When their headquarters are destroyed and the world is held hostage, the Kingsman's journey leads them to the discovery of an allied spy organization in the United States. These two elite secret organizations must band together to defeat a common enemy.
Baby is a young and partially hearing impaired getaway driver who can make any wild move while in motion with the right track playing. It's a critical talent he needs to survive his indentured servitude to the crime boss, Doc, who values his role in his meticulously planned robberies. However, just when Baby thinks he is finally free and clear to have his own life with his new girlfriend, Debora, Doc coerces him back for another job. Now saddled with a crew of thugs too violently unstable to keep to Doc's plans, Baby finds himself and everything he cares for in terrible danger. To survive and escape the coming maelstrom, it will take all of Baby's skill, wits and daring, but even on the best track, can he make it when life is forcing him to face the music?Written by
Kenneth Chisholm (firstname.lastname@example.org)
When Edgar Wright began writing the script, he only had ten songs to start with. The final film had thirty, according to the published playlist. The song Smokey Joe's La La was a very late replacement for the B. Bumble and the Stingers' Nut Rocker during post-production as after several test screenings Wright felt that "it started to get on his tits" that he re-shot part of that scene. Also, Easy by The Commodores was included after Ansel Elgort was cast as Wright found out during audition that it was one of the songs that Elgort knows very well and could sing / lip sync. That moment won him the title role. See more »
Before accelerating away from the post office dock, Baby presses a button to deactivate the passenger side airbag. There is no such button in the Mitsubishi Galant; such switches are only used in two-seat vehicles, not sedans, and may only be used by inserting a vehicle key. See more »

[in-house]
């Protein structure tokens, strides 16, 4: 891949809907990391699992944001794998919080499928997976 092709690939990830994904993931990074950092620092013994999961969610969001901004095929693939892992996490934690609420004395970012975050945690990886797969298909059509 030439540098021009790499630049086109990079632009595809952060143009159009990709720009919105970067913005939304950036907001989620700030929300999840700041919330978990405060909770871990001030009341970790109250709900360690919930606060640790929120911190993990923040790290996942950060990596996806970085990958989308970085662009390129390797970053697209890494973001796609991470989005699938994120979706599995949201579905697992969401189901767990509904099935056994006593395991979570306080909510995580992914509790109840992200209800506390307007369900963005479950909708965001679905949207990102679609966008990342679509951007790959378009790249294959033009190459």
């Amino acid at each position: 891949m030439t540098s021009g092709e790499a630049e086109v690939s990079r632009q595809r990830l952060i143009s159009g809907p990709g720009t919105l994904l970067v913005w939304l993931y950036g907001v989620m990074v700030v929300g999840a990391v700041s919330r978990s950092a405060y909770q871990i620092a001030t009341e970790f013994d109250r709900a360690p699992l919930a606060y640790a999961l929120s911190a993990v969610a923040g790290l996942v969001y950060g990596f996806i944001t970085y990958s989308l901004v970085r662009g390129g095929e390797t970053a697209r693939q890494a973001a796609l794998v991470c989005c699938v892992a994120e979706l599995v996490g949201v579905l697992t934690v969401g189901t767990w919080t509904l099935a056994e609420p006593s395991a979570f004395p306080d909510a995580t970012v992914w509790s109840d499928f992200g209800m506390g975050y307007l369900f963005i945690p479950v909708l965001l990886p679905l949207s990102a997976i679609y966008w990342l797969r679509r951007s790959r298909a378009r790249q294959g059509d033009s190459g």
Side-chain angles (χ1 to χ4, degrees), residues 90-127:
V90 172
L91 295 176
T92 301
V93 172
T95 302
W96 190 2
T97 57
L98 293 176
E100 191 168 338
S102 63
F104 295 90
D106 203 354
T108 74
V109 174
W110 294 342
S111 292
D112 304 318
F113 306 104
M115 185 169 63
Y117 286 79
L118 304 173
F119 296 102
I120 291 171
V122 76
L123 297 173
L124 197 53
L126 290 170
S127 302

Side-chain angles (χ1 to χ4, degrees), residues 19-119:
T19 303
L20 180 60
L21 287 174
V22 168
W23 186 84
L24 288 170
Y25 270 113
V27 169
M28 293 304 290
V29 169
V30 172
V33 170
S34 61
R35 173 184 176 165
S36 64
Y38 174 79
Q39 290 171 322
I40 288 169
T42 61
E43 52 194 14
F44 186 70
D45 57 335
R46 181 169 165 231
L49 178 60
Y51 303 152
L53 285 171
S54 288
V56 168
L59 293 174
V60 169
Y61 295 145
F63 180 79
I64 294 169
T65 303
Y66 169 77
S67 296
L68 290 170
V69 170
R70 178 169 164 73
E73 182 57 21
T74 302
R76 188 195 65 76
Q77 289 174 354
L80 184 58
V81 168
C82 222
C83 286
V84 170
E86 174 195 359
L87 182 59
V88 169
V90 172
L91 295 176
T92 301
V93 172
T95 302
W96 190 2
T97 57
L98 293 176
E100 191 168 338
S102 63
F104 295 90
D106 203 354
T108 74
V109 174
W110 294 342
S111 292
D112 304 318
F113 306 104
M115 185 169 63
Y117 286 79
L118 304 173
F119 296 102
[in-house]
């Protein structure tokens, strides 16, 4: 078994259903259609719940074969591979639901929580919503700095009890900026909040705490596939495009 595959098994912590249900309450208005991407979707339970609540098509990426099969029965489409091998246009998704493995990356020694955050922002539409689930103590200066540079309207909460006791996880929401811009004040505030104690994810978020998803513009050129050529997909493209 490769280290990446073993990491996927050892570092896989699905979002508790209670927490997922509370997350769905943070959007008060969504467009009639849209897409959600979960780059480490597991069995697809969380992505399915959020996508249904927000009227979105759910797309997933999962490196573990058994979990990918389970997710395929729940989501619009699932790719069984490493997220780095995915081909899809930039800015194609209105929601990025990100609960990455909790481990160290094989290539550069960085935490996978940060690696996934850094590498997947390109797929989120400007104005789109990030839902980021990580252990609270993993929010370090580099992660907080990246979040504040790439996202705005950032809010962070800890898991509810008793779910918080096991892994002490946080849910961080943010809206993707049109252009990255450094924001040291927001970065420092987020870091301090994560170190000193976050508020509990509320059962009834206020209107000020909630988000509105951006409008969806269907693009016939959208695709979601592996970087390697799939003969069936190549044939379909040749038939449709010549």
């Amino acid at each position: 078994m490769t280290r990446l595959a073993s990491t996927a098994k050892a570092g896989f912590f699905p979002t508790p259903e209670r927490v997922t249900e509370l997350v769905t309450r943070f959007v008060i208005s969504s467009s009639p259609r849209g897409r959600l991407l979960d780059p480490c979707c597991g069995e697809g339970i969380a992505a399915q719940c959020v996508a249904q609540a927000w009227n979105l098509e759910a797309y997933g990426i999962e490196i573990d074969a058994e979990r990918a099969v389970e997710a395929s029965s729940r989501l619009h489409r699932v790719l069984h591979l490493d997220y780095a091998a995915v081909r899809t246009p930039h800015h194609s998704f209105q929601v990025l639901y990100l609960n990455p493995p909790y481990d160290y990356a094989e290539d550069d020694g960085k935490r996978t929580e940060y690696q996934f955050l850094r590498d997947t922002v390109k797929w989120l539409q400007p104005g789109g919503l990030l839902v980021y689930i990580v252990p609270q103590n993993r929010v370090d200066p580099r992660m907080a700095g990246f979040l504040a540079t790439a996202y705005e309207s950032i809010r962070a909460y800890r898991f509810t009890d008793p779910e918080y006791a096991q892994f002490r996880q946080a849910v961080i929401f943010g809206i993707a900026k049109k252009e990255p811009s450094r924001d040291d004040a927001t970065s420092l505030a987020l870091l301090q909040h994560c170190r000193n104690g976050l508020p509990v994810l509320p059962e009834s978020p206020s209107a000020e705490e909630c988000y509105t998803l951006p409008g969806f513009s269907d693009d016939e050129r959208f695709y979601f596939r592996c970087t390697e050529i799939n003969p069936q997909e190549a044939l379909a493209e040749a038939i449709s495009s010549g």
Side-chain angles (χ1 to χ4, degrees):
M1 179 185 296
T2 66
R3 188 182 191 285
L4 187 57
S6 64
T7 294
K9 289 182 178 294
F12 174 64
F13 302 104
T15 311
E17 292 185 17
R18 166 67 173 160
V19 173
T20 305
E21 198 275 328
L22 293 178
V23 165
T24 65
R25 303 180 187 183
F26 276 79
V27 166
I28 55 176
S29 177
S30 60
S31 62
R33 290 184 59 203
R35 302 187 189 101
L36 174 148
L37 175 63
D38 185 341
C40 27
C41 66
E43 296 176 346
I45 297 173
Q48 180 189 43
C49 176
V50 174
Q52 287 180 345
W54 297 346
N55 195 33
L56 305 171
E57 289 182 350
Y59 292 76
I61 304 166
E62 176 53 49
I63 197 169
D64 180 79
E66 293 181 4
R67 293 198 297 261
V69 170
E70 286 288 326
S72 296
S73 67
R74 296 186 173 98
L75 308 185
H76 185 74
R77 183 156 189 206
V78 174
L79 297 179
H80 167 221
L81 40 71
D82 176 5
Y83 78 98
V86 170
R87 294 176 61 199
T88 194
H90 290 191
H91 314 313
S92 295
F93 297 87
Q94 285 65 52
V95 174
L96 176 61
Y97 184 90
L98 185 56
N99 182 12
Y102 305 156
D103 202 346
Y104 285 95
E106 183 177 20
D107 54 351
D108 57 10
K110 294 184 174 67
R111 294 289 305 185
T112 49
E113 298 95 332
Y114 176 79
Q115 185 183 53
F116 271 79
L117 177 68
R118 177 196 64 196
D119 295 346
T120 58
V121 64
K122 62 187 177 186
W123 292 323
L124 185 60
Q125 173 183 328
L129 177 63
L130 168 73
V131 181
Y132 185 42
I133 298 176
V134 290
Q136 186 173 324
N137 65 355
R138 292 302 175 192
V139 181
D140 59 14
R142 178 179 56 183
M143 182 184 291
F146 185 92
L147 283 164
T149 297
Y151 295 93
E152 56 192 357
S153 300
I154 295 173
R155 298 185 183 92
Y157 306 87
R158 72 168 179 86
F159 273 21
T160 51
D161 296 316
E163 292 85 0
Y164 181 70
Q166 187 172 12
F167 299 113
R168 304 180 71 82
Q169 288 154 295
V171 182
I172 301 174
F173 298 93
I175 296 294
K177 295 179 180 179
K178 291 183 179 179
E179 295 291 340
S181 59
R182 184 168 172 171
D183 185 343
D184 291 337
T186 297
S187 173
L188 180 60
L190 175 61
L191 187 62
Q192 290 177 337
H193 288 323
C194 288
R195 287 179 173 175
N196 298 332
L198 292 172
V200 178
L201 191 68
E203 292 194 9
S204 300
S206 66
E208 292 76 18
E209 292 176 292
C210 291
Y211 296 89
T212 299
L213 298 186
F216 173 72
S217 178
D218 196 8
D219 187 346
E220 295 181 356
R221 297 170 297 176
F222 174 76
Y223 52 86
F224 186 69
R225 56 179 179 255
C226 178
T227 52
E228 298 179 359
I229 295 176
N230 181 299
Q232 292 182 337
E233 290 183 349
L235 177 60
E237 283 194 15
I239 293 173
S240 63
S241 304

Little more than a mix tape with dull characters and clichés attached to it
I read an early tweet that described Baby Driver as 'a mix-tape with a film attached to it' and that proved to be an accurate comment. The tweeter may have thought this was a good thing, but I certainly don't.
Yes, there are some good tracks and the action sequences are elaborate and frenetic (a little too frenetic, actually), but the characters are dull, unlikeable and bear very little relation to the real world. I simply did not believe in them, especially Darling, the sassy, kick ass stock character that only a fool would consider to be a strong female character.
Then there's Baby, whose laconic, boyish demeanour makes him a rather uninspiring protagonist. His romance with Debbie, a cute little waitress, is yawn-inducingly clichéd, too.
If you want a stylish heist film that isn't so bloody try-hard, then watch Drive. It's an exercise of style over substance much like this film, but it has suspense, atmosphere and characters that could actually exist rather than blaring music, mind-numbing action and flat, hateful comic book characters.
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